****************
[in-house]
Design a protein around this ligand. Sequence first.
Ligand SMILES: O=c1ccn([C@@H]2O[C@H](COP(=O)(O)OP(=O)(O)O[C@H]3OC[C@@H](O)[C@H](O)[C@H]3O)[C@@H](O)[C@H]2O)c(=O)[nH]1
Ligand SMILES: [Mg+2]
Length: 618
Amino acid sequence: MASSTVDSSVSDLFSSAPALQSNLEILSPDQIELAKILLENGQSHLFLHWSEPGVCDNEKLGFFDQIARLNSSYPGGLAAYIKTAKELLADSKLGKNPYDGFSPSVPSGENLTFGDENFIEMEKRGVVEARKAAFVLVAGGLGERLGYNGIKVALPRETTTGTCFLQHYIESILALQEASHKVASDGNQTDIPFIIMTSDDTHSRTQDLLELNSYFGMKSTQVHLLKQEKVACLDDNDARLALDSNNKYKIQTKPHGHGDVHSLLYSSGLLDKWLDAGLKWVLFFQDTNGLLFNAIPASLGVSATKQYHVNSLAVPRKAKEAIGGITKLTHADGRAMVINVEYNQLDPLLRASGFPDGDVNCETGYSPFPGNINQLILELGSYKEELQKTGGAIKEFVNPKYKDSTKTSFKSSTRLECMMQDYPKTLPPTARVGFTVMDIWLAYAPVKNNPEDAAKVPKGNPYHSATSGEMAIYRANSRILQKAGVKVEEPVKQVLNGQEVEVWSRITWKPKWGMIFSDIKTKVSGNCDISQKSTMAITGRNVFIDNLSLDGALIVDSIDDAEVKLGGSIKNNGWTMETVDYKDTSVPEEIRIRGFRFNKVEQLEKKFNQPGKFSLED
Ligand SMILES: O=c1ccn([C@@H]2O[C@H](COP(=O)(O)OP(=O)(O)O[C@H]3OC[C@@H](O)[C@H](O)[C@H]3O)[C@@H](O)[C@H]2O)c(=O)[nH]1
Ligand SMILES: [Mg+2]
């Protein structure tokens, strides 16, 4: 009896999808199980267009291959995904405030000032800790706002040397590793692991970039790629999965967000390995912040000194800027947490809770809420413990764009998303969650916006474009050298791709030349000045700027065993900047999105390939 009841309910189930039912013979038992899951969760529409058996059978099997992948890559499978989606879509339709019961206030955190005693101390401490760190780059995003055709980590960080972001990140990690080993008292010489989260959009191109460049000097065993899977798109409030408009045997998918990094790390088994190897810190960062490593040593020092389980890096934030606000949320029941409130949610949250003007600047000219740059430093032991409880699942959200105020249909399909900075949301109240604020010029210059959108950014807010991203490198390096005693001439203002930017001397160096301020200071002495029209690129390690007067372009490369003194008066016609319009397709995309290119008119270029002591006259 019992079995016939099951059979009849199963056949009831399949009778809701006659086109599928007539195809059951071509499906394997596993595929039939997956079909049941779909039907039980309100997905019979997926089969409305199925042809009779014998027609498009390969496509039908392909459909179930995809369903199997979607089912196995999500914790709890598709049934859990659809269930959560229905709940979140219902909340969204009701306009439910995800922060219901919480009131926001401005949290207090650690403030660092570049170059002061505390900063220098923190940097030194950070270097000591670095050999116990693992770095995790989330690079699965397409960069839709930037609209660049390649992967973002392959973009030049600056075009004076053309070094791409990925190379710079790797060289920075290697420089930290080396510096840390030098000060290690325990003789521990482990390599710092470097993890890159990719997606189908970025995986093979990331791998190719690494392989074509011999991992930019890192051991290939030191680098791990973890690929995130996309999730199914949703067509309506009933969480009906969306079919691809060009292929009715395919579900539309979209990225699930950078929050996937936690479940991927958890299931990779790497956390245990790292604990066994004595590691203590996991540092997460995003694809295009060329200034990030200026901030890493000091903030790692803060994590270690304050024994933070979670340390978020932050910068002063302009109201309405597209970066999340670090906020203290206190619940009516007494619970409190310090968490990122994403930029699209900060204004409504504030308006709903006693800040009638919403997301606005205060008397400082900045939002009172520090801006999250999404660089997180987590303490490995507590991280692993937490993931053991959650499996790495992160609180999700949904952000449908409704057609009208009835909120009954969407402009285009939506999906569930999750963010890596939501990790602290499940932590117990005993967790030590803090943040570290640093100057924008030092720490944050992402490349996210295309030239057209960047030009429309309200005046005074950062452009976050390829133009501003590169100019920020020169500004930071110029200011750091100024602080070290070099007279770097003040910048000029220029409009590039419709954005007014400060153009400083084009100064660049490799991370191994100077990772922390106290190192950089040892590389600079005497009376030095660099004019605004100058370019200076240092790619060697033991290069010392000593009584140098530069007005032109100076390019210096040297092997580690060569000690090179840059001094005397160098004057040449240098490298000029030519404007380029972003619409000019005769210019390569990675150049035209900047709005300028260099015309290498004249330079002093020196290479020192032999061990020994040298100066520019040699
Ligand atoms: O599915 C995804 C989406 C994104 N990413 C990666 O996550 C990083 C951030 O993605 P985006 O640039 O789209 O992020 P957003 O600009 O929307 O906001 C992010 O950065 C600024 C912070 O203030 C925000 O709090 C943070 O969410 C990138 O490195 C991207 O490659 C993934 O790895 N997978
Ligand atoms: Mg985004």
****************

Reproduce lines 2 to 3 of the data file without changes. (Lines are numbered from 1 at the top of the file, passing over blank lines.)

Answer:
Design a protein around this ligand. Sequence first.
Ligand SMILES: O=c1ccn([C@@H]2O[C@H](COP(=O)(O)OP(=O)(O)O[C@H]3OC[C@@H](O)[C@H](O)[C@H]3O)[C@@H](O)[C@H]2O)c(=O)[nH]1